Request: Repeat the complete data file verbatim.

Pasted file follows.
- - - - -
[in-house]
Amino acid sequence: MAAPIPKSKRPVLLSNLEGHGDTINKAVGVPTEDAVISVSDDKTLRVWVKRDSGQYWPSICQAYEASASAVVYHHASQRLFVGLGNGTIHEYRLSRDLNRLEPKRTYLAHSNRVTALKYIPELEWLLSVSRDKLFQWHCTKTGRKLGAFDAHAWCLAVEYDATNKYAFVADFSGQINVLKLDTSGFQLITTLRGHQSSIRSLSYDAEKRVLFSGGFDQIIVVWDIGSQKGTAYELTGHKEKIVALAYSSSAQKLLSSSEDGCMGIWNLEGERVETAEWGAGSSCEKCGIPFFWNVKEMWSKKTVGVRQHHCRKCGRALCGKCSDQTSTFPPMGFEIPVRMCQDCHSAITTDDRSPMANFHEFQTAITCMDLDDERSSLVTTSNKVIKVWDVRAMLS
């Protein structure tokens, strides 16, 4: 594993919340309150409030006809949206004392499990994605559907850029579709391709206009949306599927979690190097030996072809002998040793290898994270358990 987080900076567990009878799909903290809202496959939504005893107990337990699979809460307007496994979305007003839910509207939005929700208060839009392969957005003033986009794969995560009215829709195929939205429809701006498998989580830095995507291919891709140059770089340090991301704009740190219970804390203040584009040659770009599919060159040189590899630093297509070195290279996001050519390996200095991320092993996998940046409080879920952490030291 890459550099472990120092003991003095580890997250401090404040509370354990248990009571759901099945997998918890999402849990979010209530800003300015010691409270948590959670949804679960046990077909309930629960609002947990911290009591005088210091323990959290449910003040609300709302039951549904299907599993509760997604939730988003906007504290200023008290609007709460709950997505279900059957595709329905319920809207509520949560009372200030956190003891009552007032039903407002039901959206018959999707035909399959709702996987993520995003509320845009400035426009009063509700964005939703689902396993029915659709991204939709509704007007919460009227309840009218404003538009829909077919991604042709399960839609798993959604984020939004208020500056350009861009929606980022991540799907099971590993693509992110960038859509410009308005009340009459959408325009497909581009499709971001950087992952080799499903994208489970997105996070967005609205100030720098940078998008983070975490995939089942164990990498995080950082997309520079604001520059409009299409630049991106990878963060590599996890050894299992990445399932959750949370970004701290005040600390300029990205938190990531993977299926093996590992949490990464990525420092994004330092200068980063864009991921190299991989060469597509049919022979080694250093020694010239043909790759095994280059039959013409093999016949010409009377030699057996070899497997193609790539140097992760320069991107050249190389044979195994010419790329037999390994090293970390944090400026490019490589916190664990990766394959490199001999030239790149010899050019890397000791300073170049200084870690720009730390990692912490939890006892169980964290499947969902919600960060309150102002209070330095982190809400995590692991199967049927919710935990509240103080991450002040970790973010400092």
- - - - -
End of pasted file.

[in-house]
Amino acid sequence: MAAPIPKSKRPVLLSNLEGHGDTINKAVGVPTEDAVISVSDDKTLRVWVKRDSGQYWPSICQAYEASASAVVYHHASQRLFVGLGNGTIHEYRLSRDLNRLEPKRTYLAHSNRVTALKYIPELEWLLSVSRDKLFQWHCTKTGRKLGAFDAHAWCLAVEYDATNKYAFVADFSGQINVLKLDTSGFQLITTLRGHQSSIRSLSYDAEKRVLFSGGFDQIIVVWDIGSQKGTAYELTGHKEKIVALAYSSSAQKLLSSSEDGCMGIWNLEGERVETAEWGAGSSCEKCGIPFFWNVKEMWSKKTVGVRQHHCRKCGRALCGKCSDQTSTFPPMGFEIPVRMCQDCHSAITTDDRSPMANFHEFQTAITCMDLDDERSSLVTTSNKVIKVWDVRAMLS
């Protein structure tokens, strides 16, 4: 594993919340309150409030006809949206004392499990994605559907850029579709391709206009949306599927979690190097030996072809002998040793290898994270358990 987080900076567990009878799909903290809202496959939504005893107990337990699979809460307007496994979305007003839910509207939005929700208060839009392969957005003033986009794969995560009215829709195929939205429809701006498998989580830095995507291919891709140059770089340090991301704009740190219970804390203040584009040659770009599919060159040189590899630093297509070195290279996001050519390996200095991320092993996998940046409080879920952490030291 890459550099472990120092003991003095580890997250401090404040509370354990248990009571759901099945997998918890999402849990979010209530800003300015010691409270948590959670949804679960046990077909309930629960609002947990911290009591005088210091323990959290449910003040609300709302039951549904299907599993509760997604939730988003906007504290200023008290609007709460709950997505279900059957595709329905319920809207509520949560009372200030956190003891009552007032039903407002039901959206018959999707035909399959709702996987993520995003509320845009400035426009009063509700964005939703689902396993029915659709991204939709509704007007919460009227309840009218404003538009829909077919991604042709399960839609798993959604984020939004208020500056350009861009929606980022991540799907099971590993693509992110960038859509410009308005009340009459959408325009497909581009499709971001950087992952080799499903994208489970997105996070967005609205100030720098940078998008983070975490995939089942164990990498995080950082997309520079604001520059409009299409630049991106990878963060590599996890050894299992990445399932959750949370970004701290005040600390300029990205938190990531993977299926093996590992949490990464990525420092994004330092200068980063864009991921190299991989060469597509049919022979080694250093020694010239043909790759095994280059039959013409093999016949010409009377030699057996070899497997193609790539140097992760320069991107050249190389044979195994010419790329037999390994090293970390944090400026490019490589916190664990990766394959490199001999030239790149010899050019890397000791300073170049200084870690720009730390990692912490939890006892169980964290499947969902919600960060309150102002209070330095982190809400995590692991199967049927919710935990509240103080991450002040970790973010400092």